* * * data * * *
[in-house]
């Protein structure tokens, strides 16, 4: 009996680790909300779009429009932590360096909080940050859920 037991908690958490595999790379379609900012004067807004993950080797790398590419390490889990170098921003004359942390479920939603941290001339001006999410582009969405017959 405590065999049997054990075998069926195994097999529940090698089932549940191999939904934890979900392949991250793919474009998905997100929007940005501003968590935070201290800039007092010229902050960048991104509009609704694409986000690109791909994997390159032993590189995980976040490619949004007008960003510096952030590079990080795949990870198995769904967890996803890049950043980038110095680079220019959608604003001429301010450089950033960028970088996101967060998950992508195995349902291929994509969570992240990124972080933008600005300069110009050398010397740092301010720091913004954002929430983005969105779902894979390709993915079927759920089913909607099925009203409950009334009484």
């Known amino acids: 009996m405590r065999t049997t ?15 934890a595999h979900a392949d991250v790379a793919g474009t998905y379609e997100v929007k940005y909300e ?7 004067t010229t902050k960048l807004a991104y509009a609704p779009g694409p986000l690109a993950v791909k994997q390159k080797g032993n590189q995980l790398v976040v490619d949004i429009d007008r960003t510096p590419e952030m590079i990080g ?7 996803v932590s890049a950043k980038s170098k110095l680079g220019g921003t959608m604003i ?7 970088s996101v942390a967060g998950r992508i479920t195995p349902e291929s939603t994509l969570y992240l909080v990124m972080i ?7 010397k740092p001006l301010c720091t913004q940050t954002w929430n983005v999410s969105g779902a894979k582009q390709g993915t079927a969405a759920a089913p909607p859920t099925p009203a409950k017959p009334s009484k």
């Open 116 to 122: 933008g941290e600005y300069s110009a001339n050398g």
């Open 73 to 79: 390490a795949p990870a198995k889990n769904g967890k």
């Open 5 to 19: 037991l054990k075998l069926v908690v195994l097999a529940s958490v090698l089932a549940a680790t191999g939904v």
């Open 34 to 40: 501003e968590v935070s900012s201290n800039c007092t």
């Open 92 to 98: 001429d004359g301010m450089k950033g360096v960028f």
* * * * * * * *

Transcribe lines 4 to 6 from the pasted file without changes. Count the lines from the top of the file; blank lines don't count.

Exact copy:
């Open 116 to 122: 933008g941290e600005y300069s110009a001339n050398g």
């Open 73 to 79: 390490a795949p990870a198995k889990n769904g967890k």
């Open 5 to 19: 037991l054990k075998l069926v908690v195994l097999a529940s958490v090698l089932a549940a680790t191999g939904v």